emergency appropriations were included in the Administration's original
request. However, they are essential for the respective development of
these countries.

Both Haiti and Liberia recently held successful
democratic elections. Large numbers of citizens in each of these
proved their commitment to democracy by participating in the
elections and
lining up for hours to vote. Rene Garcia Preval was elected
President of
Haiti on February 7, 2006, during national elections in which more
than 60
percent of registered voters participated. Ellen Johnson-Sirleaf was
elected President of Liberia on November 8, 2005, in a run-off,
national elections in which 74 percent of registered voters
In addition, President Johnson-Sirleaf is the first woman to be elected
president of any country in Africa.

The populations of Haiti and Liberia have each
suffered tremendously in past years as a result of poverty, political
violence and oppression, and the challenges facing the newly elected
governments of these countries are enormous. They will need the
support and
assistance of the United States to ensure national reconciliation and
development and to improve the lives of their people. Now is the
time for
the United States to provide emergency assistance funds that will
help these
two newly elected governments build a better future for the people they

Therefore, we respectfully urge you to include
$40 million for Haiti and $50 million for Liberia in the Conference
for the Emergency Supplemental Appropriations Act for Fiscal Year
2006. We
thank you for your attention to our concerns and look forward to working
with you to promote democracy and development in Haiti and Liberia.


Maxine Waters
Donald Payne
Barbara Lee John
Charles Rangel
Gregory Meeks
Donna Christensen
Eleanor Holmes Norton
Edolphus Towns Elijah
Melvin L. Watt
Sheila Jackson-Lee
Corrine Brown
Kendrick B. Meek
Robert C. "Bobby" Scott Diane Watson

Cynthia McKinney
Chaka Fattah
Major R. Owens Alcee
Juanita Millender-McDonald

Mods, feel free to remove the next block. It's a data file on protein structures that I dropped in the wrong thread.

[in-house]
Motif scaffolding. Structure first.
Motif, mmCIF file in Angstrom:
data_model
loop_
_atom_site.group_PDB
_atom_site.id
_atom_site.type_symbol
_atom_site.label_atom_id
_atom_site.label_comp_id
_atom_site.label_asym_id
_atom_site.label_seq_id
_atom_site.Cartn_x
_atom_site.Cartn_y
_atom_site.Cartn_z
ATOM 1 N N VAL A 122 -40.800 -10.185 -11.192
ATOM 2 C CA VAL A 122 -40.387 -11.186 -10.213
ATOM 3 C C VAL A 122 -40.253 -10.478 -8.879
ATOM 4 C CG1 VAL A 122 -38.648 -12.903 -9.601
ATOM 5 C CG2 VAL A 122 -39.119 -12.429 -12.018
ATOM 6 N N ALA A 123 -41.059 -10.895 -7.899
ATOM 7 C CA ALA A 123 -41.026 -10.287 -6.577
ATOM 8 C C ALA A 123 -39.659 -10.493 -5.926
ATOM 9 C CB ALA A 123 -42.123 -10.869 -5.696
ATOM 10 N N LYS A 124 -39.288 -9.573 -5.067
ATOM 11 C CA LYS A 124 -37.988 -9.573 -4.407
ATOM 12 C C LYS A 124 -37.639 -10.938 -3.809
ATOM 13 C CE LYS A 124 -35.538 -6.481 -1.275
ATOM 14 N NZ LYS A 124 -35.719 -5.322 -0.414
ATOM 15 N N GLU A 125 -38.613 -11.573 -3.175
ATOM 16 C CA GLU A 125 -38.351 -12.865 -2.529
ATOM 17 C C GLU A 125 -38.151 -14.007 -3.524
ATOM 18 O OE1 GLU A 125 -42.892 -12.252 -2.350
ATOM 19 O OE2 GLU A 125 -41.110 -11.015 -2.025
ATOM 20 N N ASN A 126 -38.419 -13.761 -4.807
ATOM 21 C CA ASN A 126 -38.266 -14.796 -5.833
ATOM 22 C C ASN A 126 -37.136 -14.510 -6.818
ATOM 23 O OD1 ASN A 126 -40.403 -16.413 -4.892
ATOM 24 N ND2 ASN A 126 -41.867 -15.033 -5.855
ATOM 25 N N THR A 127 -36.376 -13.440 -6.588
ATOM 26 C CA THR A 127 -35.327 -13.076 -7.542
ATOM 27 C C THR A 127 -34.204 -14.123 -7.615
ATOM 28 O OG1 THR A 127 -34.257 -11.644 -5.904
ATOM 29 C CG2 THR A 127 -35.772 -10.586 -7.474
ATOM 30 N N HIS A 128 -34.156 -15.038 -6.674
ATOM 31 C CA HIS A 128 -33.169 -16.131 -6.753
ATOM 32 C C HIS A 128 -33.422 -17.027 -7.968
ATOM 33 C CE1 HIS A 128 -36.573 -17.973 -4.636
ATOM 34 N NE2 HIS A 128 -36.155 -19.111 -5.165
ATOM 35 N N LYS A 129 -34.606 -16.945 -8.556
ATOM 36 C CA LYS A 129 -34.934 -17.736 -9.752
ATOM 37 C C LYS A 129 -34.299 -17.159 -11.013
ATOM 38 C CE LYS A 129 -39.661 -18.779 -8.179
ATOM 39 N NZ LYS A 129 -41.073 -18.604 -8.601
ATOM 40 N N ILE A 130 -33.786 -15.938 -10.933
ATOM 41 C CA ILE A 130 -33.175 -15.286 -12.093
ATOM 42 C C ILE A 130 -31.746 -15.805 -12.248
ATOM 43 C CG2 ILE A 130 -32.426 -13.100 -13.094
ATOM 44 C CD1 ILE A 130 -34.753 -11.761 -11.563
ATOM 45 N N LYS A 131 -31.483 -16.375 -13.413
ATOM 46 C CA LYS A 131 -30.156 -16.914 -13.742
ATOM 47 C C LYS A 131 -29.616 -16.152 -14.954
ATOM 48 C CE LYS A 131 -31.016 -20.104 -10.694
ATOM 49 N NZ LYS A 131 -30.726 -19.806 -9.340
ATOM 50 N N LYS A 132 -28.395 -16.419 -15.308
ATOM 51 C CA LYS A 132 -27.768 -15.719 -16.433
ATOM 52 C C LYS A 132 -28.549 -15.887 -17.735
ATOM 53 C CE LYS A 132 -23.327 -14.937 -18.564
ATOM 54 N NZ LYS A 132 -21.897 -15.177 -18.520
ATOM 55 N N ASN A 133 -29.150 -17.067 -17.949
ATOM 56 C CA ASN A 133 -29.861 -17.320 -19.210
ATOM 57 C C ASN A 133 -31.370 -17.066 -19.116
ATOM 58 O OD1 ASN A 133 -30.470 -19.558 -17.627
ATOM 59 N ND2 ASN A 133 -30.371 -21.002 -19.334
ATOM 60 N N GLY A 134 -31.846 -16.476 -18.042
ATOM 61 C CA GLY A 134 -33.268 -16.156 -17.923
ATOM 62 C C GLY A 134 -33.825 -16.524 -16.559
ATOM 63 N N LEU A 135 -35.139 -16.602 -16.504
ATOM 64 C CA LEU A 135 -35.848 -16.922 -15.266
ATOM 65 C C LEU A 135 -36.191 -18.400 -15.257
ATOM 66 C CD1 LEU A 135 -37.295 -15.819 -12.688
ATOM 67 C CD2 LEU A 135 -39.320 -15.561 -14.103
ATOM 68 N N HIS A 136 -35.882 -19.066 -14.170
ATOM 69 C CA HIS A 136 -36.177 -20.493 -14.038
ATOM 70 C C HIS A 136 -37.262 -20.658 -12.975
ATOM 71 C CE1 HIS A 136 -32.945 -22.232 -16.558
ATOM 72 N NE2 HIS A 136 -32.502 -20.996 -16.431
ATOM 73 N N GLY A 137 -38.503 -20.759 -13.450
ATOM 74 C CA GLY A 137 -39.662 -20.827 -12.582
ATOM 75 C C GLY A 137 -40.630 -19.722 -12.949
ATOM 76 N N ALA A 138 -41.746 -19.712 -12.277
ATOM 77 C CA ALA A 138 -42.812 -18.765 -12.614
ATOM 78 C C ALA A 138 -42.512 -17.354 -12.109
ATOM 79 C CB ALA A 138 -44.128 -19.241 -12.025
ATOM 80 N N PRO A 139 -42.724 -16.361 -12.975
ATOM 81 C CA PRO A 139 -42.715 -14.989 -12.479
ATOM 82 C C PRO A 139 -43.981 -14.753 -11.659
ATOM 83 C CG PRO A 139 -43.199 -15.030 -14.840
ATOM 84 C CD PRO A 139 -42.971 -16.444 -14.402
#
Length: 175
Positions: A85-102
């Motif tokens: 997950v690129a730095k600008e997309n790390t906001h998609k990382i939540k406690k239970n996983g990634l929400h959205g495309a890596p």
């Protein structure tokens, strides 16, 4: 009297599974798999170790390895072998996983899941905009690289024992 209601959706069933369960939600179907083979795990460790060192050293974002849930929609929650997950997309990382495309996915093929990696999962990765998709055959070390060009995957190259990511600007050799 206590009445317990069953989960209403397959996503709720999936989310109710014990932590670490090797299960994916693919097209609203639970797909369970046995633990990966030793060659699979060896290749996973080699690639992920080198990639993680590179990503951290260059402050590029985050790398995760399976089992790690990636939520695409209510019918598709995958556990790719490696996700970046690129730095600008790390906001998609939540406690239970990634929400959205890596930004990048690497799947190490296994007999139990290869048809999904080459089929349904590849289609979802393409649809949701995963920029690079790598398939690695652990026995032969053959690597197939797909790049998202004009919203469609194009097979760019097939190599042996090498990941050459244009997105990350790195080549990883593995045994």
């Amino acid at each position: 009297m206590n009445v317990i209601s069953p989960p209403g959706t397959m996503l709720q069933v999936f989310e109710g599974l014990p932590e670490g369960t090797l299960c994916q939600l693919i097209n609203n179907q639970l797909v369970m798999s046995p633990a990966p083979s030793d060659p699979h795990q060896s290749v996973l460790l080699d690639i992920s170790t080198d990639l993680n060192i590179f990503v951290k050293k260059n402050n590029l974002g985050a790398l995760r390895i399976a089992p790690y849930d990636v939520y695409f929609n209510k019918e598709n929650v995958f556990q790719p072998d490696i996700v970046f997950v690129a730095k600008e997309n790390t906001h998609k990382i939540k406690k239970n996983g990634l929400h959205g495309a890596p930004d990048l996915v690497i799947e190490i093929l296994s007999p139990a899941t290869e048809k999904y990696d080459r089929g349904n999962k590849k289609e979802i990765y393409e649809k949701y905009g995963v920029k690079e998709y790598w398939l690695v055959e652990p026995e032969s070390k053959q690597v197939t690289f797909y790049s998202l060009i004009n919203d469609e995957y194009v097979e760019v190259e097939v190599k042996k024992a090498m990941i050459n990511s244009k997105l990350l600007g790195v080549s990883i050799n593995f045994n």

Julia Carson

Wednesday, June 07, 2006

DSA position on immigration

DSA NPC Resolution

On The Rights of Undocumented Immigrants

June 2, 2006

Democratic Socialists of America favors granting immediate permanent resident status to all undocumented workers and establishing an expeditious and non-punitive road to citizenship for these workers and their families. We oppose guest worker programs that would help exploit these workers and undercut all workers’ rights to organize and to secure humane wages and working conditions, especially low-wage workers, many of whom are relegated to the bottom-rung of the economy by institutional racism. The burgeoning immigrant rights movement represents a crucial movement for social justice and brings to the forefront of public debate issues central to a democratic and just society.
Legalizing the status of all immigrant workers and their families, as well as providing for a transparent and expeditious road to citizenship, embodies basic democratic socialist principles. First, those who are governed by the laws of a thorough-going democratic society would have a say in making such laws.

Second, all those who contribute meaningful labor to a democratic society, who care for our elderly, our children, and our disabled deserve full membership in our society.

Third, without full legal status, political rights, and a road to citizenship, immigrant workers cannot fight for rights on the job and can be ruthlessly exploited by employers. Threats of deportation for undocumented workers, as well as second-class status in guest worker programs, also restrict the capacity of workers to organize. These policies create a new form of indentured servitude and dependence.

As socialists, we know that “an injury to one is an injury to all.” Thus, the vulnerability of undocumented and guest workers leads not only to the exploitation of their labor, but to the proliferation of low-wage, unsafe, and insecure jobs for all. Employers can more easily discriminate against African-Americans, particularly young men, when there is vulnerable immigrant labor to exploit. Only strong enforcement of anti-discrimination and affirmative action laws, combined with the ability of all workers to unionize and fight for decent wage and working conditions, can yield a full employment economy. The nativist arguments of the Minutemen and others displace anxiety about declining economic opportunities onto the very low-wage workers whose rights in the workplace must be secured if all working people are to improve their livelihoods. Therefore, Democratic Socialists of America militantly opposes HR 4437, the Sensenbrenner bill already passed in the House of Representatives. The proposed legislation, if adopted by Congress, would criminalize all undocumented workers and all who help them. It would lead to mass repression and a likely futile effort to deport 12 million undocumented workers and their families. Such an effort could only be conducted through massive violations of the civil liberties of citizens and legal residents, as well as the undocumented.